Getting an accurate view of process memory usage on Linux hosts

Having debugged a number of memory-related issues on Linux, one thing I’ve always wanted was a tool to display proportional memory usage. Specifically, I wanted to be able to see how much memory was unique to a process, and have an equal portion of shared memory (libraries, SMS, etc.) added to this value. My wish came true a while back when I discovered the smem utility. When run without any arguments, smem will give you the resident set size (RSS), the unique set size (USS) and the proportional set size (PSS) which is the unique set size plus a portion of the shared memory that is being used by this process. This results in output similar to the following:

$ smem -r

  PID User     Command                         Swap      USS      PSS      RSS 
 3636 root     /usr/lib/virtualbox/Virtual        0  1151596  1153670  1165568 
 3678 matty    /usr/lib64/firefox-3.5.9/fi        0   189628   191483   203028 
 5779 root     /usr/bin/python /usr/bin/sm        0    38584    39114    40368 
 1847 root     /usr/bin/Xorg :0 -nr -verbo        0    34024    35874    92504 
 4103 matty    pidgin                             0    19364    21072    32412 
 3825 matty    gnome-terminal                     0    12388    13242    21992 
 3404 matty    python /usr/share/system-co        0    11596    12622    19216 
 3710 matty    gnome-screensaver                  0     9872    10287    14640 
 3283 matty    nautilus                           0     7104     8373    18484 
 3263 matty    gnome-panel                        0     5828     6731    15780 

To calculate the portion of shared memory that is being used by each process, you can add up the shared memory per process (you would probably index this by the type of shared resource), the number of processes using these pages, and then divide the two values to get a proportional value of shared memory per process. This is a very cool utility, and one that gets installed on all of my systems now!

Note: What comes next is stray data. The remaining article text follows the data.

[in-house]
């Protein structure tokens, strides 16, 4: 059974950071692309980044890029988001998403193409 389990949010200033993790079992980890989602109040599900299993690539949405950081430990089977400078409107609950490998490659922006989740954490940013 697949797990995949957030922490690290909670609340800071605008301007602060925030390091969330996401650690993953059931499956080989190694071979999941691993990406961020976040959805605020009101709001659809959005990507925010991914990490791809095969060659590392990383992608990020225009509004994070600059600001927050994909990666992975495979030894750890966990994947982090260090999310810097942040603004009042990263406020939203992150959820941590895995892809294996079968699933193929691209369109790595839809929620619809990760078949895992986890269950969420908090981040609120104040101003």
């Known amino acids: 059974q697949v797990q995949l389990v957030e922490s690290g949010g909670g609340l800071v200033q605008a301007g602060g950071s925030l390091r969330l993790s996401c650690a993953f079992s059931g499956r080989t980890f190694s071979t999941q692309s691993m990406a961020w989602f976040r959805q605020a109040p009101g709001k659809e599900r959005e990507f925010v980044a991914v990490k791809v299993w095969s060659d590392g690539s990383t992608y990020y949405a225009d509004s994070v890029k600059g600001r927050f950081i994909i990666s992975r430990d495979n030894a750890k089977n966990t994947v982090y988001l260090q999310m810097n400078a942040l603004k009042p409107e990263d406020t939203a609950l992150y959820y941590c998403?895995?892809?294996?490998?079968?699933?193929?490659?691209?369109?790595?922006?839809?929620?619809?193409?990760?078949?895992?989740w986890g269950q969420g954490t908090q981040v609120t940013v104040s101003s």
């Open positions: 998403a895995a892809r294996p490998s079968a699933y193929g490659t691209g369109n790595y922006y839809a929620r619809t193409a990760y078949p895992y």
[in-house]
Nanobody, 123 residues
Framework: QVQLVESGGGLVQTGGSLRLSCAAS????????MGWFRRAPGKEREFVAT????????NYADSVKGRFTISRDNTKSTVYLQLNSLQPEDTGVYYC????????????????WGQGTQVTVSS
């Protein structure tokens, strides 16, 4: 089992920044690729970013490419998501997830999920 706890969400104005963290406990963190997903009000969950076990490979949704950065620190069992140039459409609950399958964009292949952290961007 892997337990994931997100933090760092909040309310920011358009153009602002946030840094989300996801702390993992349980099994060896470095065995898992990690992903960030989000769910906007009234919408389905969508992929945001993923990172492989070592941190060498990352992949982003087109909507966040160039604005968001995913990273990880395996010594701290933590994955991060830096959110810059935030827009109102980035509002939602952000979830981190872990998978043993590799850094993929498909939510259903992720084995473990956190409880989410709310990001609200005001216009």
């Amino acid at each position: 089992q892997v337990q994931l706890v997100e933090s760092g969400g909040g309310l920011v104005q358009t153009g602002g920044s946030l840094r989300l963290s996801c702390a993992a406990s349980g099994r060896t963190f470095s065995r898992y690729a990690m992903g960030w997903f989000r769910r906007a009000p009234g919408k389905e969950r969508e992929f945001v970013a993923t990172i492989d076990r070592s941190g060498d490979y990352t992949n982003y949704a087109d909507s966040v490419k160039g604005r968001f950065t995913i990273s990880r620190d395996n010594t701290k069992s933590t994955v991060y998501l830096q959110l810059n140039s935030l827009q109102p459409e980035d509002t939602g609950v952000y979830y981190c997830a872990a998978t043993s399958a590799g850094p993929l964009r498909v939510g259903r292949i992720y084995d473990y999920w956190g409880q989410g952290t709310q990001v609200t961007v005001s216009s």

Getting DNS ping (aka nsping) to compile on Linux hosts

While debugging a DNS issue this week, I wanted to run my trusty old friend nsping on my Linux desktop. I grabbed the source from the FreeBSD source site, checked to make sure the bits were legit, then proceeded to compile it:

$ make
cc -g -c -o nsping.o nsping.c
In file included from nsping.c:13:
nsping.h:45: error: conflicting types for ‘dprintf’
/usr/include/stdio.h:399: note: previous declaration of ‘dprintf’ was here
nsping.c:613: error: conflicting types for ‘dprintf’
/usr/include/stdio.h:399: note: previous declaration of ‘dprintf’ was here
make: *** [nsping.o] Error 1

Erf! The source archive I downloaded didn’t compile, and from the error message it appears the function definition for dprintf conflicts with a function definition in libc. Instead of mucking around with map files, I changed all occurrences of dprintf to ddprintf. When I ran make again I got a new error:

$ make
cc -g -c -o nsping.o nsping.c
cc -g -c -o dns-lib.o dns-lib.c
dns-lib.c: In function ‘dns_query’:
dns-lib.c:22: warning: incompatible implicit declaration of built-in function ‘memset’
cc -g -c -o dns-rr.o dns-rr.c
dns-rr.c: In function ‘dns_rr_query’:
dns-rr.c:26: warning: return makes integer from pointer without a cast
cc -g -o nsping nsping.o dns-lib.o dns-rr.o
dns-rr.o: In function `dns_string’:
/home/matty/Download/nsping-0.8/dns-rr.c:63: undefined reference to `__dn_comp’
collect2: ld returned 1 exit status
make: *** [nsping] Error 1

This error message indicates that the dn_comp symbol couldn’t be resolved. This function typically resides in the resolver library, so working around this was as easy as assing “-lresolv” to the LIBS variable in the nsping Makefile:

LIBS = -lresolv

Once this change was made, everything compiled and ran flawlessly:

$ make
cc -g -o nsping nsping.o dns-lib.o dns-rr.o -lresolv

$ ./nsping -h
./nsping: option requires an argument — ‘h’
nsping [ -z | -h ] -p -t
-a -P
-T <-r | -R, recurse?>

Debugging this issue was a bunch of fun, and reading through the nsping source code was extremely educational. Not only did I learn more about how libresolv works, but I found out sys5 sucks:

#ifdef sys5

You gotta love developers who are straight and to the point! ;)